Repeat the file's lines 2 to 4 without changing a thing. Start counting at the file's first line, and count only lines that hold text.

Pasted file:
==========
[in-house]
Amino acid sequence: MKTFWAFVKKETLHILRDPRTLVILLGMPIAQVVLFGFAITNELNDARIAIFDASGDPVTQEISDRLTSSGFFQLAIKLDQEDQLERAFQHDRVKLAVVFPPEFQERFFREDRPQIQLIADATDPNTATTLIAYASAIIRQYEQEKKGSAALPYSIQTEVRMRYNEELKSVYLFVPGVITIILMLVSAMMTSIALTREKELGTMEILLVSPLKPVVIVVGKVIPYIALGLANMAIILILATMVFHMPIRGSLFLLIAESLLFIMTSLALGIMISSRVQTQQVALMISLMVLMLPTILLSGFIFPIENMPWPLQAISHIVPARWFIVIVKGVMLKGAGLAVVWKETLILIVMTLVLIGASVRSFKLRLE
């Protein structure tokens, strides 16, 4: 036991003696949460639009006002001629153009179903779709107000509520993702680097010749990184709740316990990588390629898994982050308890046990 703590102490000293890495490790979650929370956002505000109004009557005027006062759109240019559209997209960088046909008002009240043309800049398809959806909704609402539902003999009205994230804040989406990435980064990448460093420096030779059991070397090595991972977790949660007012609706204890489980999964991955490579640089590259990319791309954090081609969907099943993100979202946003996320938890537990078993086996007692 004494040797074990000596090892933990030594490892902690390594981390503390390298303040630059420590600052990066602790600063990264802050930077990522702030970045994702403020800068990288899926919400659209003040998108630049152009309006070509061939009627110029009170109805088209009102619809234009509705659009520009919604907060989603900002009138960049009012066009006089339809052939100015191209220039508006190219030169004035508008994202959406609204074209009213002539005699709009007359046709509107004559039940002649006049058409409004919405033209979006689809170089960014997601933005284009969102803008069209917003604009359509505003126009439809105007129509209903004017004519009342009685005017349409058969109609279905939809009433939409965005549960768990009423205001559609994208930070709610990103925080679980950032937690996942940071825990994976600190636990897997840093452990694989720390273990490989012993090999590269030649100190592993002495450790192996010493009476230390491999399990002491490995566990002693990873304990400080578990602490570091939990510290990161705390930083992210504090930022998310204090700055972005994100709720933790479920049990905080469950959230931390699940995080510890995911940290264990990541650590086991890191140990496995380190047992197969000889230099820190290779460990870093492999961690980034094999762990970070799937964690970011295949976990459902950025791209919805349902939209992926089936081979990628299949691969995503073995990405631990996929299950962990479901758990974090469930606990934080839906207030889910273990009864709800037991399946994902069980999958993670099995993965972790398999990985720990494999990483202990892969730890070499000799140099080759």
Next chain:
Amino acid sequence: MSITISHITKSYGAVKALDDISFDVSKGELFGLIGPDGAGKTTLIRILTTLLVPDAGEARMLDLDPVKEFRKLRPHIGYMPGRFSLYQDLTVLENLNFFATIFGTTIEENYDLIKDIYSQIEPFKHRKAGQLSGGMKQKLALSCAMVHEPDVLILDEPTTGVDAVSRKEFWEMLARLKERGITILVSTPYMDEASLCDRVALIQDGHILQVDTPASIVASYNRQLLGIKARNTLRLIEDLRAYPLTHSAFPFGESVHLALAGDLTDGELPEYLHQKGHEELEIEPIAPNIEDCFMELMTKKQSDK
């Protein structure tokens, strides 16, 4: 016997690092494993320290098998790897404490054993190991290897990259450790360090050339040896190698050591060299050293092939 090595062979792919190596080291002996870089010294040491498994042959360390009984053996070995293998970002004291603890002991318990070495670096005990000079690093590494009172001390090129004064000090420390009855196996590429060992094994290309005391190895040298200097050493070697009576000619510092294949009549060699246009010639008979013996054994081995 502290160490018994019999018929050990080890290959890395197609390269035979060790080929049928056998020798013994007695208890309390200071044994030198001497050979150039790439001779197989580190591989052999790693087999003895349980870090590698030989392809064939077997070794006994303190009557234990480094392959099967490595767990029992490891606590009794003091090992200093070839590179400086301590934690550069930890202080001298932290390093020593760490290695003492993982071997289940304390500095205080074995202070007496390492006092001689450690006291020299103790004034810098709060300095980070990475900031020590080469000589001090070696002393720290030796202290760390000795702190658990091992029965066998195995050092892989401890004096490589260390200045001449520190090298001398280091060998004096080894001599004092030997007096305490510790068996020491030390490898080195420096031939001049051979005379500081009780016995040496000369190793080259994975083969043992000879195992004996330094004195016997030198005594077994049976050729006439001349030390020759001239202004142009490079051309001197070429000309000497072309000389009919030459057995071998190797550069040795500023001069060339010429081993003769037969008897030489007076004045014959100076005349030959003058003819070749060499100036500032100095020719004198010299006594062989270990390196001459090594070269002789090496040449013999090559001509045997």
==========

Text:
Amino acid sequence: MKTFWAFVKKETLHILRDPRTLVILLGMPIAQVVLFGFAITNELNDARIAIFDASGDPVTQEISDRLTSSGFFQLAIKLDQEDQLERAFQHDRVKLAVVFPPEFQERFFREDRPQIQLIADATDPNTATTLIAYASAIIRQYEQEKKGSAALPYSIQTEVRMRYNEELKSVYLFVPGVITIILMLVSAMMTSIALTREKELGTMEILLVSPLKPVVIVVGKVIPYIALGLANMAIILILATMVFHMPIRGSLFLLIAESLLFIMTSLALGIMISSRVQTQQVALMISLMVLMLPTILLSGFIFPIENMPWPLQAISHIVPARWFIVIVKGVMLKGAGLAVVWKETLILIVMTLVLIGASVRSFKLRLE
């Protein structure tokens, strides 16, 4: 036991003696949460639009006002001629153009179903779709107000509520993702680097010749990184709740316990990588390629898994982050308890046990 703590102490000293890495490790979650929370956002505000109004009557005027006062759109240019559209997209960088046909008002009240043309800049398809959806909704609402539902003999009205994230804040989406990435980064990448460093420096030779059991070397090595991972977790949660007012609706204890489980999964991955490579640089590259990319791309954090081609969907099943993100979202946003996320938890537990078993086996007692 004494040797074990000596090892933990030594490892902690390594981390503390390298303040630059420590600052990066602790600063990264802050930077990522702030970045994702403020800068990288899926919400659209003040998108630049152009309006070509061939009627110029009170109805088209009102619809234009509705659009520009919604907060989603900002009138960049009012066009006089339809052939100015191209220039508006190219030169004035508008994202959406609204074209009213002539005699709009007359046709509107004559039940002649006049058409409004919405033209979006689809170089960014997601933005284009969102803008069209917003604009359509505003126009439809105007129509209903004017004519009342009685005017349409058969109609279905939809009433939409965005549960768990009423205001559609994208930070709610990103925080679980950032937690996942940071825990994976600190636990897997840093452990694989720390273990490989012993090999590269030649100190592993002495450790192996010493009476230390491999399990002491490995566990002693990873304990400080578990602490570091939990510290990161705390930083992210504090930022998310204090700055972005994100709720933790479920049990905080469950959230931390699940995080510890995911940290264990990541650590086991890191140990496995380190047992197969000889230099820190290779460990870093492999961690980034094999762990970070799937964690970011295949976990459902950025791209919805349902939209992926089936081979990628299949691969995503073995990405631990996929299950962990479901758990974090469930606990934080839906207030889910273990009864709800037991399946994902069980999958993670099995993965972790398999990985720990494999990483202990892969730890070499000799140099080759």
Next chain: